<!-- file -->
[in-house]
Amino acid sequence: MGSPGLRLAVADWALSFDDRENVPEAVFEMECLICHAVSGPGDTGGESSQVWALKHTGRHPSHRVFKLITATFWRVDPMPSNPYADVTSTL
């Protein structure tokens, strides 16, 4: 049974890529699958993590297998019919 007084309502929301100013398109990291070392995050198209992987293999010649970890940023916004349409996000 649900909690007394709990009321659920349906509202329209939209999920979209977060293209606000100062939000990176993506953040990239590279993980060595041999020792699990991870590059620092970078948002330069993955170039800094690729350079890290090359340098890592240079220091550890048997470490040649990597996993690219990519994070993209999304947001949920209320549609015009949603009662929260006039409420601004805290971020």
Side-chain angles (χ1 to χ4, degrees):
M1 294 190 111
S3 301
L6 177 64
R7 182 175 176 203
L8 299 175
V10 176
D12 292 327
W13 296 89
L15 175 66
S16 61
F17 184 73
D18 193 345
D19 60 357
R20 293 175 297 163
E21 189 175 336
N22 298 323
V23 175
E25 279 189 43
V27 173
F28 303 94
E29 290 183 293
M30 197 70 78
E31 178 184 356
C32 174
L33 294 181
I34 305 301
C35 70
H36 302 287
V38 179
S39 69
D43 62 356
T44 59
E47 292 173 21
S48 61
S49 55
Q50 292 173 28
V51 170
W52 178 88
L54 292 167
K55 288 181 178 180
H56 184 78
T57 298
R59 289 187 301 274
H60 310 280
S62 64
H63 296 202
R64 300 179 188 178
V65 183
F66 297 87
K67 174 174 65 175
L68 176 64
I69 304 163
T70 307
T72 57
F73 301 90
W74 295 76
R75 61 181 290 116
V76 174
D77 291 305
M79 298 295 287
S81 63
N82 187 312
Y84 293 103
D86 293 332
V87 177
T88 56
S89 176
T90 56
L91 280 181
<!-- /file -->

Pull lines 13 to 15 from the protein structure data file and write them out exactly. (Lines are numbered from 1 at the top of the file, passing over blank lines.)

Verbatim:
L15 175 66
S16 61
F17 184 73